• aslaw - Wednesday, February 15, 2006 - link

    This is my first post: I've perused your site but linked in today through Ben's Bargains, and I was fascinated by the Newegg story! I've purchased from those guys and they are, indeed excellent vendors. Having now "seen" their operation and read about their commitment to quality, they'll remain a first choice when I am shopping.

    And you, Anand, have performed a real service by showing this to the web community. I'm only sorry that when I was in Los Angeles 2 weeks ago that I didn't happen upon the Newegg facility (hard to miss with the big sign on the front wall!!

  • Johnclarkiii - Wednesday, February 15, 2006 - link

    I have been reading your articles fairly often because I am a web subscriber to CPU. I really do enjoy your writing. In this case I enjoyed it so much I had to join your site and tell you thank you for your excellent writing but especially for the Newegg warehouse article. I buy primarily from Newegg and I work in the warehouse at Carpet Bonanza in Zeeland MI. It is a different kind of warehouse but it is very intersting for me to see just how Newegg handles the product. Again, thenk you very much. Keep up the great writing and I look forward to more interaction with you in the future.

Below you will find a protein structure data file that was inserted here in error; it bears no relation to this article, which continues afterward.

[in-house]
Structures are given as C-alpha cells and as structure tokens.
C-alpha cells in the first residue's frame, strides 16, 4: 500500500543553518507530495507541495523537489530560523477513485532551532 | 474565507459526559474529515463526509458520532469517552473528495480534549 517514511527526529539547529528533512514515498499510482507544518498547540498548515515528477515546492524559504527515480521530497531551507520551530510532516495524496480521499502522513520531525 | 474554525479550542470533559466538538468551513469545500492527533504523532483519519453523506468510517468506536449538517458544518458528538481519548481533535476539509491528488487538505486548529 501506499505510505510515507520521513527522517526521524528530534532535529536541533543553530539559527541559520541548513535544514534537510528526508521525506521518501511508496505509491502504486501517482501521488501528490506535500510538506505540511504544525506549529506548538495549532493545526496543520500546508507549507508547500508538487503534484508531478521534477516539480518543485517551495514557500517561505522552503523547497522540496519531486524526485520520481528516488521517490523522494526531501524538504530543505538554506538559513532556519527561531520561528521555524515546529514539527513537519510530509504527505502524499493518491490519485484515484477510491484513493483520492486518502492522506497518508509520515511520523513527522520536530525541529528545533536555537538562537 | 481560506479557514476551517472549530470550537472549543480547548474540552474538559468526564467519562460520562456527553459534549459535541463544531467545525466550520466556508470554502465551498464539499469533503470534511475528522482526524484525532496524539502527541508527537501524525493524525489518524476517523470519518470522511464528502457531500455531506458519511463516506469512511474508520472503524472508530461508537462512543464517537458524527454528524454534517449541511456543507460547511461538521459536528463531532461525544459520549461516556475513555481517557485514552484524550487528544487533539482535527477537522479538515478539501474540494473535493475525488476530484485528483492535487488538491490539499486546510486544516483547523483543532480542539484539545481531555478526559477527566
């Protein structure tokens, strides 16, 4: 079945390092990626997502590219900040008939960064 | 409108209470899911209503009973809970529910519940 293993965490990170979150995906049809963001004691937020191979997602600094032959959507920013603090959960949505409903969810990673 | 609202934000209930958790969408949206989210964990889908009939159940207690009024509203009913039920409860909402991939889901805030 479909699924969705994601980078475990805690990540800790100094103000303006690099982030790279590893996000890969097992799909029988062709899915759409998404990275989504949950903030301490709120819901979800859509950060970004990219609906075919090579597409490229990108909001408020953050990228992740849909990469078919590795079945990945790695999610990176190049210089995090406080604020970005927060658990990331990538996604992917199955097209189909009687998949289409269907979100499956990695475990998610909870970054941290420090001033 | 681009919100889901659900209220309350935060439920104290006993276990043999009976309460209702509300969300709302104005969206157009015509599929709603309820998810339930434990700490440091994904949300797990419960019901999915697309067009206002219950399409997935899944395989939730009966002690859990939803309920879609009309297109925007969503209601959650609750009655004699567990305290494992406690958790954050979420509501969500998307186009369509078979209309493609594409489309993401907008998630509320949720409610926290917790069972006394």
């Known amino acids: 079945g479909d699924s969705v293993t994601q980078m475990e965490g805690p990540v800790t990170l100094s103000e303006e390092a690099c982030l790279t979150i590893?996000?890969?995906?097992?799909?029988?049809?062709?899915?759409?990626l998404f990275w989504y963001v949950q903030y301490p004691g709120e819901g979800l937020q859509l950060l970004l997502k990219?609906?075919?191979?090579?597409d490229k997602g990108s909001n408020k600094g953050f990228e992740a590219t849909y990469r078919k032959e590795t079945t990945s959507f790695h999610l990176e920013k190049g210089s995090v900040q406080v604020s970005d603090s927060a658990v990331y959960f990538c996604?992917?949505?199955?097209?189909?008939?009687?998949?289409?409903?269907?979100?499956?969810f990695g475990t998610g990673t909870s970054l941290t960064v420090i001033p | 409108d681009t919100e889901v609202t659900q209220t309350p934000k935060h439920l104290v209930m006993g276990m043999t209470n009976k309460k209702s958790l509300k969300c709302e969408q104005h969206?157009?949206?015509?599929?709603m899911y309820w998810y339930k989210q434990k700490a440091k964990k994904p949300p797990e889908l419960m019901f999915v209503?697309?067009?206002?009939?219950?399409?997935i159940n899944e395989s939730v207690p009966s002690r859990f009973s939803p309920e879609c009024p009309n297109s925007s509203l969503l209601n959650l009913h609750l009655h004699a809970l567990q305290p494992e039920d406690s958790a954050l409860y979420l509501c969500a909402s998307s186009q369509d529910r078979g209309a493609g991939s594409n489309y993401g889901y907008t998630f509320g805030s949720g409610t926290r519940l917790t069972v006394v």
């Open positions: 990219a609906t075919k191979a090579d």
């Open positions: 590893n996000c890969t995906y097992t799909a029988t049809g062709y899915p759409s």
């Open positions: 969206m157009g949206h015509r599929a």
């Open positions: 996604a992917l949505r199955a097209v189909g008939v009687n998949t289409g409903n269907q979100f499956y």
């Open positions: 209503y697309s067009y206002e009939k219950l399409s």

• Wesleyrpg - Wednesday, February 15, 2006 - link

    hey....anandtech is a worldwide site, so why is the competition only for americans?

    not very aussies get screwed over again. (grrr stupid xbox360 delay)
  • Ricardo - Wednesday, February 15, 2006 - link